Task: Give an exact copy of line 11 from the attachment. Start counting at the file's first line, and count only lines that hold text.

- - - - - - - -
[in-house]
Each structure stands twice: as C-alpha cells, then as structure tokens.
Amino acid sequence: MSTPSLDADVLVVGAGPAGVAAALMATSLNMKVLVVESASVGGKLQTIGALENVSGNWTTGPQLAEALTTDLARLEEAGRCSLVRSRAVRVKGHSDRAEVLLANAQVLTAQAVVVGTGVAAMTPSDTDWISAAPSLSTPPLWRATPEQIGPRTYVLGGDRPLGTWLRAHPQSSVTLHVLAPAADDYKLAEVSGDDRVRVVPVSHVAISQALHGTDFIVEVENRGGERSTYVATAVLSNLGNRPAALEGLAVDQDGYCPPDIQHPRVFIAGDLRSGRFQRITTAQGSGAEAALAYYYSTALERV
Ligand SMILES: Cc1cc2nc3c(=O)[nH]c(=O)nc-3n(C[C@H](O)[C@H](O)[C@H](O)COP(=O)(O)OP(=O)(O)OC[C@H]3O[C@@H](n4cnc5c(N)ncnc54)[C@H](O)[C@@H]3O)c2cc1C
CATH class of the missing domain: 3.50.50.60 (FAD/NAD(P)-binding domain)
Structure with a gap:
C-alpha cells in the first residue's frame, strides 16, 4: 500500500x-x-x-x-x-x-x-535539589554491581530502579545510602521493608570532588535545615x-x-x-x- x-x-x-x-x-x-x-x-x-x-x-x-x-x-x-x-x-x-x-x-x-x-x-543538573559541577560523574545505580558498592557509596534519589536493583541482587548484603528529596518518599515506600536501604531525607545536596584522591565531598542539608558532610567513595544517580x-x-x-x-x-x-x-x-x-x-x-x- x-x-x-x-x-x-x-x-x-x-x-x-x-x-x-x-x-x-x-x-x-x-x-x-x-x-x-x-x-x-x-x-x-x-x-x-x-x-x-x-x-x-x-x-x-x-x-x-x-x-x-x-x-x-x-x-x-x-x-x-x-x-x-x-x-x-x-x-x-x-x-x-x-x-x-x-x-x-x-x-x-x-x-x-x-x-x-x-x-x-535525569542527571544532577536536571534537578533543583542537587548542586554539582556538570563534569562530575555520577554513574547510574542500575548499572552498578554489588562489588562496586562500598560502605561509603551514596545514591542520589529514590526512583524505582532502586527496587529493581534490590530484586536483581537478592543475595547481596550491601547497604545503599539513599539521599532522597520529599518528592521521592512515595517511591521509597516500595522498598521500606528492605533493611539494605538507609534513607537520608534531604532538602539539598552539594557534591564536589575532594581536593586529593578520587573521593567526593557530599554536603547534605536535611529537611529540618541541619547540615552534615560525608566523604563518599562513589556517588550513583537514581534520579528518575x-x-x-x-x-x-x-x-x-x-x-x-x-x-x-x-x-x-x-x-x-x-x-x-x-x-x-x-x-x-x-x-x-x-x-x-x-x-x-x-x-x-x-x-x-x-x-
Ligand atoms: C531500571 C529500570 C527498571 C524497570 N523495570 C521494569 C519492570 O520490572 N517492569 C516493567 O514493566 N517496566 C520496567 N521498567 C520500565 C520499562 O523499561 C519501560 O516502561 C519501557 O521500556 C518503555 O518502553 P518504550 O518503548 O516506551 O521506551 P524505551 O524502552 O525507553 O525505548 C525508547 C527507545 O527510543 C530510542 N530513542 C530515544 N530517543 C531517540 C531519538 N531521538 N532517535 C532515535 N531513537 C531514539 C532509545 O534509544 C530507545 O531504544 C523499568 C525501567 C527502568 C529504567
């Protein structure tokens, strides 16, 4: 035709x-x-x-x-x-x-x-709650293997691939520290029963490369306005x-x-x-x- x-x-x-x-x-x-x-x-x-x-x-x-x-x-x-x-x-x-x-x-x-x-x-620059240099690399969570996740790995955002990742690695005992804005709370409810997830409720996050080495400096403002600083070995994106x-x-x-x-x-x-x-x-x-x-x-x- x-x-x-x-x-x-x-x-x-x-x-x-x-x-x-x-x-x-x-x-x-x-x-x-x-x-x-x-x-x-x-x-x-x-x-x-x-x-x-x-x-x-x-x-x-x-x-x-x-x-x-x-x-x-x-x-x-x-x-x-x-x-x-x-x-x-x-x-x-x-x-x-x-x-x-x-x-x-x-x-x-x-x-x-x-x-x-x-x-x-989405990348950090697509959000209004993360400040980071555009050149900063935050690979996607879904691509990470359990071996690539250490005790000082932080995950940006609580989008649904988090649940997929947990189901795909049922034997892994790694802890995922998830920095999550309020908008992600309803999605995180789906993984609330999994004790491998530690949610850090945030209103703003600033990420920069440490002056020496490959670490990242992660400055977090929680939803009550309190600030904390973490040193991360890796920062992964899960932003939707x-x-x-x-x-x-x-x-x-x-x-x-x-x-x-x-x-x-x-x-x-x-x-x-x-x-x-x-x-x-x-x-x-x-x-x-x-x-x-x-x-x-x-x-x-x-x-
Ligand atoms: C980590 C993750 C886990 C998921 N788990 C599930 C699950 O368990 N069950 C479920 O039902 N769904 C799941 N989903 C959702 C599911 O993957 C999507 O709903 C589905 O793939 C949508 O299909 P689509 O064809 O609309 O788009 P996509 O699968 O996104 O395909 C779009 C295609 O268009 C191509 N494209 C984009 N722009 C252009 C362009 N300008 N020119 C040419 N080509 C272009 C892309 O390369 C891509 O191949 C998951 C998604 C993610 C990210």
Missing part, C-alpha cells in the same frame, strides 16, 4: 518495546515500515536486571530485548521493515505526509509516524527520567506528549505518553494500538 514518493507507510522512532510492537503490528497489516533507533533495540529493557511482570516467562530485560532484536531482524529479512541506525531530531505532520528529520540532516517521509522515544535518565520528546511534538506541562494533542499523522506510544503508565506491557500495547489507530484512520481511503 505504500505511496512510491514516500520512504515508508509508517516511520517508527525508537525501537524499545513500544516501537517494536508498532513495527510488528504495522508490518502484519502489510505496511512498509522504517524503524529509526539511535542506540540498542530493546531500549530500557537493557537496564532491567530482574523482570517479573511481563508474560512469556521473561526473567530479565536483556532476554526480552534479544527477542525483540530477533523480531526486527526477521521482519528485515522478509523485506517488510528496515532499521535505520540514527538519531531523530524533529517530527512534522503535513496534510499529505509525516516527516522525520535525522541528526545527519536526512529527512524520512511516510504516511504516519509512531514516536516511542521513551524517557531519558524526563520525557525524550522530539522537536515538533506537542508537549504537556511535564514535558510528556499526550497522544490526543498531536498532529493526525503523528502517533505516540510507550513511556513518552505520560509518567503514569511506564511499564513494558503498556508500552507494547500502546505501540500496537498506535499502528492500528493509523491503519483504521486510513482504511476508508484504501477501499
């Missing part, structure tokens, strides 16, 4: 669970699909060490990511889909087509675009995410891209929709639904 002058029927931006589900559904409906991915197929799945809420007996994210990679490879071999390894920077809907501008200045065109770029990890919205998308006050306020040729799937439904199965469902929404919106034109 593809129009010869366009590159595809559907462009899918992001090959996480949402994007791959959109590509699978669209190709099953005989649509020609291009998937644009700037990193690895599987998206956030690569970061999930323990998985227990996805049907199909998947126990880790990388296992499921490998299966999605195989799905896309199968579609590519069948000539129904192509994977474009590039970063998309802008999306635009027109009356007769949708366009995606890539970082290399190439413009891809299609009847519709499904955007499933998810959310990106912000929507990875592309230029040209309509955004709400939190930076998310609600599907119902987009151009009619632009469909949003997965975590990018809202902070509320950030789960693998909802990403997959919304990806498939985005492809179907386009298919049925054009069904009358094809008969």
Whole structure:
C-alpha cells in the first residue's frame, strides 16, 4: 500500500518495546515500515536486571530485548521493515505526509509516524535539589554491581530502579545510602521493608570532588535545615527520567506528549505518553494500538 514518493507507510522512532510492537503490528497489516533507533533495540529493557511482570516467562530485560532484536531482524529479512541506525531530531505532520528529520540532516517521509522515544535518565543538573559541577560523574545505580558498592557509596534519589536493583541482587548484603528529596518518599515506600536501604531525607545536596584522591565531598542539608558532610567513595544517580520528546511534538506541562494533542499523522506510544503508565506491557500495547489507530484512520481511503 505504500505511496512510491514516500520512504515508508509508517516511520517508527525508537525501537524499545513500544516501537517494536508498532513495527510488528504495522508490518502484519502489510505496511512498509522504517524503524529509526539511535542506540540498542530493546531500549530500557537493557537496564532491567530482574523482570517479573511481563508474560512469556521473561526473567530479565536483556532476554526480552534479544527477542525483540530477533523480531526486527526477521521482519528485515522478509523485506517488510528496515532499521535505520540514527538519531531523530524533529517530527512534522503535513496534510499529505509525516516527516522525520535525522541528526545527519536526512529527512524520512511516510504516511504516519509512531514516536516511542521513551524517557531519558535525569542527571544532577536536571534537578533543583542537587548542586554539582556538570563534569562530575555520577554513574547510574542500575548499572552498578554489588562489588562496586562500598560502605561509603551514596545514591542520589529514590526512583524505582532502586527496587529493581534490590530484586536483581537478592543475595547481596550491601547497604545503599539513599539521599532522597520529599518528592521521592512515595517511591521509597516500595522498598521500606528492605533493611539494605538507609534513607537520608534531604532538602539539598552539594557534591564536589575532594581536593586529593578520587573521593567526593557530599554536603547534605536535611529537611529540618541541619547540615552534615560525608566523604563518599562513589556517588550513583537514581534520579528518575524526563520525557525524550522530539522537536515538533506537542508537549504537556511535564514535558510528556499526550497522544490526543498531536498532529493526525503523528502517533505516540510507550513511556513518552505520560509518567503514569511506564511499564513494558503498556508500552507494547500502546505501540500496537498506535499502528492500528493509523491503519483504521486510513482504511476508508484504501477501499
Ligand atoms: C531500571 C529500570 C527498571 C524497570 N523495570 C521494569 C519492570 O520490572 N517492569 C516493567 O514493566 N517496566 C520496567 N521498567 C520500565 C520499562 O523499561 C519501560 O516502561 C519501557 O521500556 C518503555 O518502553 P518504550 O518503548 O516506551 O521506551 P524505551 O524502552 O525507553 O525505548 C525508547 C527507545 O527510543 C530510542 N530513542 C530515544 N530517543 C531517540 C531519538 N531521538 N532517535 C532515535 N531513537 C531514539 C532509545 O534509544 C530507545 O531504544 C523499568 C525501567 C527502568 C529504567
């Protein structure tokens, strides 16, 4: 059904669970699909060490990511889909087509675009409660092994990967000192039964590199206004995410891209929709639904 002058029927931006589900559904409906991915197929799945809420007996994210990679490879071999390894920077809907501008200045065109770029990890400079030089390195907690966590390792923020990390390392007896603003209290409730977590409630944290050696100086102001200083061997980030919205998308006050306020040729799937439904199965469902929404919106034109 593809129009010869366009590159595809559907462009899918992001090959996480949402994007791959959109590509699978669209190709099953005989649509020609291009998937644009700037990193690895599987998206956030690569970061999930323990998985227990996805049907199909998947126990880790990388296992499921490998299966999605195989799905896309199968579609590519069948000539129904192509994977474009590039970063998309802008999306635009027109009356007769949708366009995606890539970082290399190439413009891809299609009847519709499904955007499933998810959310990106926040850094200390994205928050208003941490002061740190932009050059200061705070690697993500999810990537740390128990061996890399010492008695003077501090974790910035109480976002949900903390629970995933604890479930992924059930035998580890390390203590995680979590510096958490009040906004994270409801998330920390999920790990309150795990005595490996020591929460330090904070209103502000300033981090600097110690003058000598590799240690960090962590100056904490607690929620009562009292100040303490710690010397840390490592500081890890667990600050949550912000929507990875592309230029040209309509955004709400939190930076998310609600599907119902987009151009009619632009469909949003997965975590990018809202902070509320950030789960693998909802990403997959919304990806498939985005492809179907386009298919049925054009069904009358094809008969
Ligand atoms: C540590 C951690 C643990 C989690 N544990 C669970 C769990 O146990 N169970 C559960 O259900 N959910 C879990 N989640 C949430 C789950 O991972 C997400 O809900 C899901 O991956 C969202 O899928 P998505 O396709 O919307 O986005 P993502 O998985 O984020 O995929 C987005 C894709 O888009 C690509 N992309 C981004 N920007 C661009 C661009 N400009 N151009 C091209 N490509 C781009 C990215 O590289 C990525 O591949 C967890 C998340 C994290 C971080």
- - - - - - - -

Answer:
Missing part, C-alpha cells in the same frame, strides 16, 4: 518495546515500515536486571530485548521493515505526509509516524527520567506528549505518553494500538 514518493507507510522512532510492537503490528497489516533507533533495540529493557511482570516467562530485560532484536531482524529479512541506525531530531505532520528529520540532516517521509522515544535518565520528546511534538506541562494533542499523522506510544503508565506491557500495547489507530484512520481511503 505504500505511496512510491514516500520512504515508508509508517516511520517508527525508537525501537524499545513500544516501537517494536508498532513495527510488528504495522508490518502484519502489510505496511512498509522504517524503524529509526539511535542506540540498542530493546531500549530500557537493557537496564532491567530482574523482570517479573511481563508474560512469556521473561526473567530479565536483556532476554526480552534479544527477542525483540530477533523480531526486527526477521521482519528485515522478509523485506517488510528496515532499521535505520540514527538519531531523530524533529517530527512534522503535513496534510499529505509525516516527516522525520535525522541528526545527519536526512529527512524520512511516510504516511504516519509512531514516536516511542521513551524517557531519558524526563520525557525524550522530539522537536515538533506537542508537549504537556511535564514535558510528556499526550497522544490526543498531536498532529493526525503523528502517533505516540510507550513511556513518552505520560509518567503514569511506564511499564513494558503498556508500552507494547500502546505501540500496537498506535499502528492500528493509523491503519483504521486510513482504511476508508484504501477501499